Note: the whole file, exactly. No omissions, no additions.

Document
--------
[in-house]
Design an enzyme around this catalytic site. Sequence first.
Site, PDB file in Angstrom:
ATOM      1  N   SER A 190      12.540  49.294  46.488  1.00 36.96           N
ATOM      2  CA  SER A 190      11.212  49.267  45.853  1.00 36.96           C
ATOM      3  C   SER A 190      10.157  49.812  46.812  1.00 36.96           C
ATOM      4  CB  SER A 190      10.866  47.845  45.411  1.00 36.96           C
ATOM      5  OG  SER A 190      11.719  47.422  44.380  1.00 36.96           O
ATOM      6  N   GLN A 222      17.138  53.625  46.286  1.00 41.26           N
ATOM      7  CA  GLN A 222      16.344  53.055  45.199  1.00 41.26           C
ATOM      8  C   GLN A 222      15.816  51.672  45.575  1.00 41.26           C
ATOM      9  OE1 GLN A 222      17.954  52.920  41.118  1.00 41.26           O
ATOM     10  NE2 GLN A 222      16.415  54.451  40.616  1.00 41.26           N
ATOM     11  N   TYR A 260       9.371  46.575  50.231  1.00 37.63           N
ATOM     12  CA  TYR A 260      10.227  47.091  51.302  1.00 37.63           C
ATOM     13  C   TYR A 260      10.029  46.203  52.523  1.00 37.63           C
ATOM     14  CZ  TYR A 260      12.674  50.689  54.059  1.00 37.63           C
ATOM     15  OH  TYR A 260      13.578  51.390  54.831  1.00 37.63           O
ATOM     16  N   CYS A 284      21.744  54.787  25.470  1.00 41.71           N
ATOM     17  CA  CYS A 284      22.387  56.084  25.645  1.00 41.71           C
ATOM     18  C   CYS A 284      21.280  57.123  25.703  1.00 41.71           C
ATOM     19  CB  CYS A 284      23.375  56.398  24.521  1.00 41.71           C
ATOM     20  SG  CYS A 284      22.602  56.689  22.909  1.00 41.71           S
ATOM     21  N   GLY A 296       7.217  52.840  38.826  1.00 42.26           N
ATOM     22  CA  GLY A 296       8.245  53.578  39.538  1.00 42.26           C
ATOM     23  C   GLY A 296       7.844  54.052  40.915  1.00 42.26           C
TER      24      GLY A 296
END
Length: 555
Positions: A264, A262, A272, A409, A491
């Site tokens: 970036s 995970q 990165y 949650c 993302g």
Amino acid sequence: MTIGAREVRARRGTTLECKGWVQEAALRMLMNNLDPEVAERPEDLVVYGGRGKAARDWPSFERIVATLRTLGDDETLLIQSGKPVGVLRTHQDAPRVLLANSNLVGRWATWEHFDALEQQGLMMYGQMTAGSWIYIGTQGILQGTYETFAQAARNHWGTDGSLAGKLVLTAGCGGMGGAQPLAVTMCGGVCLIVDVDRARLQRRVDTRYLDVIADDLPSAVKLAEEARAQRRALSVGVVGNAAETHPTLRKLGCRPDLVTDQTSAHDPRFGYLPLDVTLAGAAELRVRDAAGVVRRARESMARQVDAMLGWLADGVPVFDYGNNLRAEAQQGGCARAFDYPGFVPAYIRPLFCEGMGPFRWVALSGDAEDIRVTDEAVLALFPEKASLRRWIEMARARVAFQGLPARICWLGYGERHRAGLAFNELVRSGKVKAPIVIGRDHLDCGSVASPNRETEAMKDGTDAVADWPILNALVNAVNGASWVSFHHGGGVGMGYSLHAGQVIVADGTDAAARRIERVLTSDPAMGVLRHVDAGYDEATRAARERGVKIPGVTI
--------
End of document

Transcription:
[in-house]
Design an enzyme around this catalytic site. Sequence first.
Site, PDB file in Angstrom:
ATOM      1  N   SER A 190      12.540  49.294  46.488  1.00 36.96           N
ATOM      2  CA  SER A 190      11.212  49.267  45.853  1.00 36.96           C
ATOM      3  C   SER A 190      10.157  49.812  46.812  1.00 36.96           C
ATOM      4  CB  SER A 190      10.866  47.845  45.411  1.00 36.96           C
ATOM      5  OG  SER A 190      11.719  47.422  44.380  1.00 36.96           O
ATOM      6  N   GLN A 222      17.138  53.625  46.286  1.00 41.26           N
ATOM      7  CA  GLN A 222      16.344  53.055  45.199  1.00 41.26           C
ATOM      8  C   GLN A 222      15.816  51.672  45.575  1.00 41.26           C
ATOM      9  OE1 GLN A 222      17.954  52.920  41.118  1.00 41.26           O
ATOM     10  NE2 GLN A 222      16.415  54.451  40.616  1.00 41.26           N
ATOM     11  N   TYR A 260       9.371  46.575  50.231  1.00 37.63           N
ATOM     12  CA  TYR A 260      10.227  47.091  51.302  1.00 37.63           C
ATOM     13  C   TYR A 260      10.029  46.203  52.523  1.00 37.63           C
ATOM     14  CZ  TYR A 260      12.674  50.689  54.059  1.00 37.63           C
ATOM     15  OH  TYR A 260      13.578  51.390  54.831  1.00 37.63           O
ATOM     16  N   CYS A 284      21.744  54.787  25.470  1.00 41.71           N
ATOM     17  CA  CYS A 284      22.387  56.084  25.645  1.00 41.71           C
ATOM     18  C   CYS A 284      21.280  57.123  25.703  1.00 41.71           C
ATOM     19  CB  CYS A 284      23.375  56.398  24.521  1.00 41.71           C
ATOM     20  SG  CYS A 284      22.602  56.689  22.909  1.00 41.71           S
ATOM     21  N   GLY A 296       7.217  52.840  38.826  1.00 42.26           N
ATOM     22  CA  GLY A 296       8.245  53.578  39.538  1.00 42.26           C
ATOM     23  C   GLY A 296       7.844  54.052  40.915  1.00 42.26           C
TER      24      GLY A 296
END
Length: 555
Positions: A264, A262, A272, A409, A491
């Site tokens: 970036s 995970q 990165y 949650c 993302g």
Amino acid sequence: MTIGAREVRARRGTTLECKGWVQEAALRMLMNNLDPEVAERPEDLVVYGGRGKAARDWPSFERIVATLRTLGDDETLLIQSGKPVGVLRTHQDAPRVLLANSNLVGRWATWEHFDALEQQGLMMYGQMTAGSWIYIGTQGILQGTYETFAQAARNHWGTDGSLAGKLVLTAGCGGMGGAQPLAVTMCGGVCLIVDVDRARLQRRVDTRYLDVIADDLPSAVKLAEEARAQRRALSVGVVGNAAETHPTLRKLGCRPDLVTDQTSAHDPRFGYLPLDVTLAGAAELRVRDAAGVVRRARESMARQVDAMLGWLADGVPVFDYGNNLRAEAQQGGCARAFDYPGFVPAYIRPLFCEGMGPFRWVALSGDAEDIRVTDEAVLALFPEKASLRRWIEMARARVAFQGLPARICWLGYGERHRAGLAFNELVRSGKVKAPIVIGRDHLDCGSVASPNRETEAMKDGTDAVADWPILNALVNAVNGASWVSFHHGGGVGMGYSLHAGQVIVADGTDAAARRIERVLTSDPAMGVLRHVDAGYDEATRAARERGVKIPGVTI